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PNS Daily Newscast - January 22, 2018 


The funding stumble in Congress deepens the crisis for health centers; also on our nationwide rundown; we will let you know about concerns over possible "gifts" to payday lenders; and a new survey provides alarming numbers about young people and homelessness.

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Legal Defense of WV Election Disclosure Law

Clean election groups are warning that an opinion by West Virginia Attorney General Patrick Morrisey could open a floodgate to anonymous outside spending in state races. (Gage Skidmore/Wikipedia)
Clean election groups are warning that an opinion by West Virginia Attorney General Patrick Morrisey could open a floodgate to anonymous outside spending in state races. (Gage Skidmore/Wikipedia)
January 3, 2018

CHARLESTON, W.Va. – Clean election watchdogs are defending West Virginia's strong campaign disclosure law against the state attorney general's opinion that could allow a flood of secret political spending.

Attorney General Patrick Morrisey has written that a state law all but prohibiting anonymous political ads is unconstitutional.

Now the Brennan Center for Justice at the New York University School of Law is defending the law.

Daniel Weiner, a senior counsel with the Brennan Center, says Morrisey's opinion could end the requirement that candidates and groups say who they are and take responsibility for their ads.

He says voters need to know who's behind ads on, for example, energy issues.

"Don't West Virginia voters want to know if those ads are paid for by a Silicon Valley billionaire who is opposed to the coal industry versus a local chamber of commerce?" he poses.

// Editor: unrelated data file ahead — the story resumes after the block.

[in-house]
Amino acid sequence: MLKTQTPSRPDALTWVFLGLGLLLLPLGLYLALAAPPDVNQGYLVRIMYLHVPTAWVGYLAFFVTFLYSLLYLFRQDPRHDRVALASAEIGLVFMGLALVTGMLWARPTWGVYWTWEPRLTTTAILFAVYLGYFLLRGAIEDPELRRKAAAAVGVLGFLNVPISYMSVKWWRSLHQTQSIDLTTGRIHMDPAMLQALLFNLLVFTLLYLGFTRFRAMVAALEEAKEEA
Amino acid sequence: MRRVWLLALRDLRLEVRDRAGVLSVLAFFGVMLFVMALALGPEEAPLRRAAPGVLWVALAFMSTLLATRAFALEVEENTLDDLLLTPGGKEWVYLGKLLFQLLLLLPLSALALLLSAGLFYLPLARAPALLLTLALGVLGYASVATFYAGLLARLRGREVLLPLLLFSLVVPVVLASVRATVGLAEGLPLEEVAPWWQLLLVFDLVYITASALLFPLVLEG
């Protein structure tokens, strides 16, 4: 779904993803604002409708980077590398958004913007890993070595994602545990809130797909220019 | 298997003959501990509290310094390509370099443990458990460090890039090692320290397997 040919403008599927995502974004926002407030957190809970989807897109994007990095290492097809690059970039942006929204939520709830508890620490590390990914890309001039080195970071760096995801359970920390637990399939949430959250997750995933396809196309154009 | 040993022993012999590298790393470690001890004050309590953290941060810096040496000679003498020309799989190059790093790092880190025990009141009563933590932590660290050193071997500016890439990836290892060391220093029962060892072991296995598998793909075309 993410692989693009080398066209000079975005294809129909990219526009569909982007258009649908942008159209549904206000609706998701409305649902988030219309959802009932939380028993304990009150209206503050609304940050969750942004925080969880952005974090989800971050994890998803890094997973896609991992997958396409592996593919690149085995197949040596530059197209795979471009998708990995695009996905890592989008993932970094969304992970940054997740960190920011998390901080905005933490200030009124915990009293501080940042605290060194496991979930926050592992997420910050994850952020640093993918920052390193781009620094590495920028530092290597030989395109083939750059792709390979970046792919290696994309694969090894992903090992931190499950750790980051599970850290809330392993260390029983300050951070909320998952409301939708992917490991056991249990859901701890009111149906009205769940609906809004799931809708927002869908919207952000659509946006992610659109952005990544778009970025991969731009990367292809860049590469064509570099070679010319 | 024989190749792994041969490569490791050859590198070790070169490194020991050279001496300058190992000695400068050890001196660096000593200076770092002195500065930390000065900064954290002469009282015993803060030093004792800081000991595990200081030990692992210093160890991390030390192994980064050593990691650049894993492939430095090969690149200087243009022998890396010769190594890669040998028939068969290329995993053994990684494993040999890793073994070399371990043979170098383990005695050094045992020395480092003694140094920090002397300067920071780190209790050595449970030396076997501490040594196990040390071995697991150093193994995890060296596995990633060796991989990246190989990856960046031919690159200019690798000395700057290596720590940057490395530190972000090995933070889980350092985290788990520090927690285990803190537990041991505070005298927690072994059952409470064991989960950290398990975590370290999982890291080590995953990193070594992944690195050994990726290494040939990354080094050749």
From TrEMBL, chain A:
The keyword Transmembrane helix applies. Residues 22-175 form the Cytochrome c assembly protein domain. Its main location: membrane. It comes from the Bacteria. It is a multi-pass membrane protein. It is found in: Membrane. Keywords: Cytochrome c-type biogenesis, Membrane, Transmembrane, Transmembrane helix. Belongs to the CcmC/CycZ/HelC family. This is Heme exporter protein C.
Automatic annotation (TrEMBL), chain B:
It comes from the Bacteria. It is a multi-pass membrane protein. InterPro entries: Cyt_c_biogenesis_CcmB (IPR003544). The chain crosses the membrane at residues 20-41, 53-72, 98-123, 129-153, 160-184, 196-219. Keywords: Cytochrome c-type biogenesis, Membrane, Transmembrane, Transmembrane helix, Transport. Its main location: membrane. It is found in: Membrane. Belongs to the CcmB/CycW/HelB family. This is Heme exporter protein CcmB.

Morrisey has argued that the rule could limit free speech by individuals about political issues.

But Weiner warns the rule is needed to protect state races from being overrun by shadowy, anonymous attack ads, which he calls a national problem.

The Brennan Center attorneys shared their views in a letter to the West Virginia Secretary of State.

After coal CEO Don Blankenship tried to swamp legislative races, buying ads in 2006 through his group called And for the Sake of the Kids, state lawmakers passed some of the toughest election disclosure rules in the country.

Weiner says the U.S. Supreme Court has clearly ruled disclosure requirements are constitutional, although the court did away with many limits on political advertising in the 2010 Citizens United decision.

"But it resoundingly affirms the value of transparency – by an 8-to-1 vote,” Weiner stresses. “This law does not prohibit anyone from speaking. It just says they have to identify themselves."

Weiner adds Morrisey's opinion tracks a national effort to allow unlimited election spending by groups like those backed by oil billionaires Charles and David Koch.

He says at a time when people mistrust elections, a move toward anonymous political ads risks adding to the cynical public climate.

"The way out of that is to start to build a more accountable political system,” he states. “And laws like the one in West Virginia help us do that."

As of now, it is unclear whether the state disclosure law will continue to be enforced.


Dan Heyman, Public News Service - WV